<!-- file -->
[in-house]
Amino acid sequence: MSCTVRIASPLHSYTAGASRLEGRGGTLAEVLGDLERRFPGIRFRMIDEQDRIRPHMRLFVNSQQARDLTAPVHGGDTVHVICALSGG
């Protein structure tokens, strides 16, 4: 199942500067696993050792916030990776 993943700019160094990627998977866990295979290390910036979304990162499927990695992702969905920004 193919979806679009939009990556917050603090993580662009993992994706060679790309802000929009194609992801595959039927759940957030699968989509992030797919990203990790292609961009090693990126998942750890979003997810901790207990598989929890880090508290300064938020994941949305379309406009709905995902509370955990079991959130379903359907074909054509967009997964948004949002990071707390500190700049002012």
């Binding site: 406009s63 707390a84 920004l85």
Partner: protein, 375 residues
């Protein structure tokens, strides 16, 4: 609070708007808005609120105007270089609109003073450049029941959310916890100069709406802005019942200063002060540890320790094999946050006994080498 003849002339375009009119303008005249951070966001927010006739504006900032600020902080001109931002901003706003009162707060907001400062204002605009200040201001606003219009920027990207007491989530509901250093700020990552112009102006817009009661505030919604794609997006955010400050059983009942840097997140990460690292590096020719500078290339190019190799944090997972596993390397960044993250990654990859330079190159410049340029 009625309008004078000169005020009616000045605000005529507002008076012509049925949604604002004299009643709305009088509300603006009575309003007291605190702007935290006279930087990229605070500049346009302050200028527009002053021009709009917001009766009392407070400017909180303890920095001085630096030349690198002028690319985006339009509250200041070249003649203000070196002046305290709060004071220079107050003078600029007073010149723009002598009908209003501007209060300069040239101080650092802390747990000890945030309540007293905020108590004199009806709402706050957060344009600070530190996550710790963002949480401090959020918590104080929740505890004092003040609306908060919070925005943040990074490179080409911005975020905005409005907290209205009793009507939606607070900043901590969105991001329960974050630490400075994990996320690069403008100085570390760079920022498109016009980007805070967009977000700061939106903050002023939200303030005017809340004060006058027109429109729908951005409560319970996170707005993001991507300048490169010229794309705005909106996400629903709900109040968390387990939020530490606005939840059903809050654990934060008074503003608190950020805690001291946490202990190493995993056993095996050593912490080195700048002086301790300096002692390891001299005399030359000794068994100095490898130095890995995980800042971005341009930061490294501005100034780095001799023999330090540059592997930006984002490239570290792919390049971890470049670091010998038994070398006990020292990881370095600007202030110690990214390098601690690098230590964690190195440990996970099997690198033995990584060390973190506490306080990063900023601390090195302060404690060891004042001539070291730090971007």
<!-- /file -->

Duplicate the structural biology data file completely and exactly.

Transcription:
[in-house]
Amino acid sequence: MSCTVRIASPLHSYTAGASRLEGRGGTLAEVLGDLERRFPGIRFRMIDEQDRIRPHMRLFVNSQQARDLTAPVHGGDTVHVICALSGG
């Protein structure tokens, strides 16, 4: 199942500067696993050792916030990776 993943700019160094990627998977866990295979290390910036979304990162499927990695992702969905920004 193919979806679009939009990556917050603090993580662009993992994706060679790309802000929009194609992801595959039927759940957030699968989509992030797919990203990790292609961009090693990126998942750890979003997810901790207990598989929890880090508290300064938020994941949305379309406009709905995902509370955990079991959130379903359907074909054509967009997964948004949002990071707390500190700049002012």
């Binding site: 406009s63 707390a84 920004l85």
Partner: protein, 375 residues
């Protein structure tokens, strides 16, 4: 609070708007808005609120105007270089609109003073450049029941959310916890100069709406802005019942200063002060540890320790094999946050006994080498 003849002339375009009119303008005249951070966001927010006739504006900032600020902080001109931002901003706003009162707060907001400062204002605009200040201001606003219009920027990207007491989530509901250093700020990552112009102006817009009661505030919604794609997006955010400050059983009942840097997140990460690292590096020719500078290339190019190799944090997972596993390397960044993250990654990859330079190159410049340029 009625309008004078000169005020009616000045605000005529507002008076012509049925949604604002004299009643709305009088509300603006009575309003007291605190702007935290006279930087990229605070500049346009302050200028527009002053021009709009917001009766009392407070400017909180303890920095001085630096030349690198002028690319985006339009509250200041070249003649203000070196002046305290709060004071220079107050003078600029007073010149723009002598009908209003501007209060300069040239101080650092802390747990000890945030309540007293905020108590004199009806709402706050957060344009600070530190996550710790963002949480401090959020918590104080929740505890004092003040609306908060919070925005943040990074490179080409911005975020905005409005907290209205009793009507939606607070900043901590969105991001329960974050630490400075994990996320690069403008100085570390760079920022498109016009980007805070967009977000700061939106903050002023939200303030005017809340004060006058027109429109729908951005409560319970996170707005993001991507300048490169010229794309705005909106996400629903709900109040968390387990939020530490606005939840059903809050654990934060008074503003608190950020805690001291946490202990190493995993056993095996050593912490080195700048002086301790300096002692390891001299005399030359000794068994100095490898130095890995995980800042971005341009930061490294501005100034780095001799023999330090540059592997930006984002490239570290792919390049971890470049670091010998038994070398006990020292990881370095600007202030110690990214390098601690690098230590964690190195440990996970099997690198033995990584060390973190506490306080990063900023601390090195302060404690060891004042001539070291730090971007």